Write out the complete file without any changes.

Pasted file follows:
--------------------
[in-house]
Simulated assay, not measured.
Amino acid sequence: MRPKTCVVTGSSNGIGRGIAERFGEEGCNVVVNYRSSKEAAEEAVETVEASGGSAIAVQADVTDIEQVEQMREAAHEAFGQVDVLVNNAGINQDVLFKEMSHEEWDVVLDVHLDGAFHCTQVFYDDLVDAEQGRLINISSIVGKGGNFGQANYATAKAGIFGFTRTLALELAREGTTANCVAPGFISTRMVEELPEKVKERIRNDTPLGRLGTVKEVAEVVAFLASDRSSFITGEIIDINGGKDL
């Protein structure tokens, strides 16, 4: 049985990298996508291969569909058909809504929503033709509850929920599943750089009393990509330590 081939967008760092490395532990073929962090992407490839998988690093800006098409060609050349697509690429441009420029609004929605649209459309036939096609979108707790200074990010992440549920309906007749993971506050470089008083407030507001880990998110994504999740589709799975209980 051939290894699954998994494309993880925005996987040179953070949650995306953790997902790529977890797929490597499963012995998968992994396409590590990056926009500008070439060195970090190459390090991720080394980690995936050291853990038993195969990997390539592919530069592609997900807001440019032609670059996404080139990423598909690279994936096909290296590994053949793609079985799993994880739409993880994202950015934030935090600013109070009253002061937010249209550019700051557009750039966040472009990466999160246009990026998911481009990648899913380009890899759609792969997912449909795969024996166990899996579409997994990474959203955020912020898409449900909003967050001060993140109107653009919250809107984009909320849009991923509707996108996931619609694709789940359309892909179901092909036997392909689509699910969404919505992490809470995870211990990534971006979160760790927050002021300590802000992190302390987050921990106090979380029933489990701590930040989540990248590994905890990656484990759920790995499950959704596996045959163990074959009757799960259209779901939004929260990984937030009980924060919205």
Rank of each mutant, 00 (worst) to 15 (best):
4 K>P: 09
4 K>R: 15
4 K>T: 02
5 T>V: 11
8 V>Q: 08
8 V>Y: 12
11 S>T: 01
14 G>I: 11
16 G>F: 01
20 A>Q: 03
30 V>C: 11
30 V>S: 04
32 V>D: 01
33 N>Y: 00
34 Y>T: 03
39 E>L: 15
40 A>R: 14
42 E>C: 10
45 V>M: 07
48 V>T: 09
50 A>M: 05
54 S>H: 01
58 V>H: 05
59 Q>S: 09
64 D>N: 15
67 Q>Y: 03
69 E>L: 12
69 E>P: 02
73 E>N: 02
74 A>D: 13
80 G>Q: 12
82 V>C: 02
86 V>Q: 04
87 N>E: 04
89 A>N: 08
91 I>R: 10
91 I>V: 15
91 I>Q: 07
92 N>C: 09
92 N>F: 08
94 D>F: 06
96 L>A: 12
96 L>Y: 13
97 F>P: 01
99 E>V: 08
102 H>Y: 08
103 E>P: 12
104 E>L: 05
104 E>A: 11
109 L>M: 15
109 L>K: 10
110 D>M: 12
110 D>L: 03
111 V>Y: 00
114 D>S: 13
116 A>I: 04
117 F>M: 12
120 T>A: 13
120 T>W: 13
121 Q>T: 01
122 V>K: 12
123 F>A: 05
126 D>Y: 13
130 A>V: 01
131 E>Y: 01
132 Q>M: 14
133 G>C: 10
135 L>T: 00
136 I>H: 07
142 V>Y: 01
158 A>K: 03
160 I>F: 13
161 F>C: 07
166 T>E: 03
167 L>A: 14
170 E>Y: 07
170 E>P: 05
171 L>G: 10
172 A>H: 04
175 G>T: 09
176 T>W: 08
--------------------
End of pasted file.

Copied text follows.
[in-house]
Simulated assay, not measured.
Amino acid sequence: MRPKTCVVTGSSNGIGRGIAERFGEEGCNVVVNYRSSKEAAEEAVETVEASGGSAIAVQADVTDIEQVEQMREAAHEAFGQVDVLVNNAGINQDVLFKEMSHEEWDVVLDVHLDGAFHCTQVFYDDLVDAEQGRLINISSIVGKGGNFGQANYATAKAGIFGFTRTLALELAREGTTANCVAPGFISTRMVEELPEKVKERIRNDTPLGRLGTVKEVAEVVAFLASDRSSFITGEIIDINGGKDL
């Protein structure tokens, strides 16, 4: 049985990298996508291969569909058909809504929503033709509850929920599943750089009393990509330590 081939967008760092490395532990073929962090992407490839998988690093800006098409060609050349697509690429441009420029609004929605649209459309036939096609979108707790200074990010992440549920309906007749993971506050470089008083407030507001880990998110994504999740589709799975209980 051939290894699954998994494309993880925005996987040179953070949650995306953790997902790529977890797929490597499963012995998968992994396409590590990056926009500008070439060195970090190459390090991720080394980690995936050291853990038993195969990997390539592919530069592609997900807001440019032609670059996404080139990423598909690279994936096909290296590994053949793609079985799993994880739409993880994202950015934030935090600013109070009253002061937010249209550019700051557009750039966040472009990466999160246009990026998911481009990648899913380009890899759609792969997912449909795969024996166990899996579409997994990474959203955020912020898409449900909003967050001060993140109107653009919250809107984009909320849009991923509707996108996931619609694709789940359309892909179901092909036997392909689509699910969404919505992490809470995870211990990534971006979160760790927050002021300590802000992190302390987050921990106090979380029933489990701590930040989540990248590994905890990656484990759920790995499950959704596996045959163990074959009757799960259209779901939004929260990984937030009980924060919205």
Rank of each mutant, 00 (worst) to 15 (best):
4 K>P: 09
4 K>R: 15
4 K>T: 02
5 T>V: 11
8 V>Q: 08
8 V>Y: 12
11 S>T: 01
14 G>I: 11
16 G>F: 01
20 A>Q: 03
30 V>C: 11
30 V>S: 04
32 V>D: 01
33 N>Y: 00
34 Y>T: 03
39 E>L: 15
40 A>R: 14
42 E>C: 10
45 V>M: 07
48 V>T: 09
50 A>M: 05
54 S>H: 01
58 V>H: 05
59 Q>S: 09
64 D>N: 15
67 Q>Y: 03
69 E>L: 12
69 E>P: 02
73 E>N: 02
74 A>D: 13
80 G>Q: 12
82 V>C: 02
86 V>Q: 04
87 N>E: 04
89 A>N: 08
91 I>R: 10
91 I>V: 15
91 I>Q: 07
92 N>C: 09
92 N>F: 08
94 D>F: 06
96 L>A: 12
96 L>Y: 13
97 F>P: 01
99 E>V: 08
102 H>Y: 08
103 E>P: 12
104 E>L: 05
104 E>A: 11
109 L>M: 15
109 L>K: 10
110 D>M: 12
110 D>L: 03
111 V>Y: 00
114 D>S: 13
116 A>I: 04
117 F>M: 12
120 T>A: 13
120 T>W: 13
121 Q>T: 01
122 V>K: 12
123 F>A: 05
126 D>Y: 13
130 A>V: 01
131 E>Y: 01
132 Q>M: 14
133 G>C: 10
135 L>T: 00
136 I>H: 07
142 V>Y: 01
158 A>K: 03
160 I>F: 13
161 F>C: 07
166 T>E: 03
167 L>A: 14
170 E>Y: 07
170 E>P: 05
171 L>G: 10
172 A>H: 04
175 G>T: 09
176 T>W: 08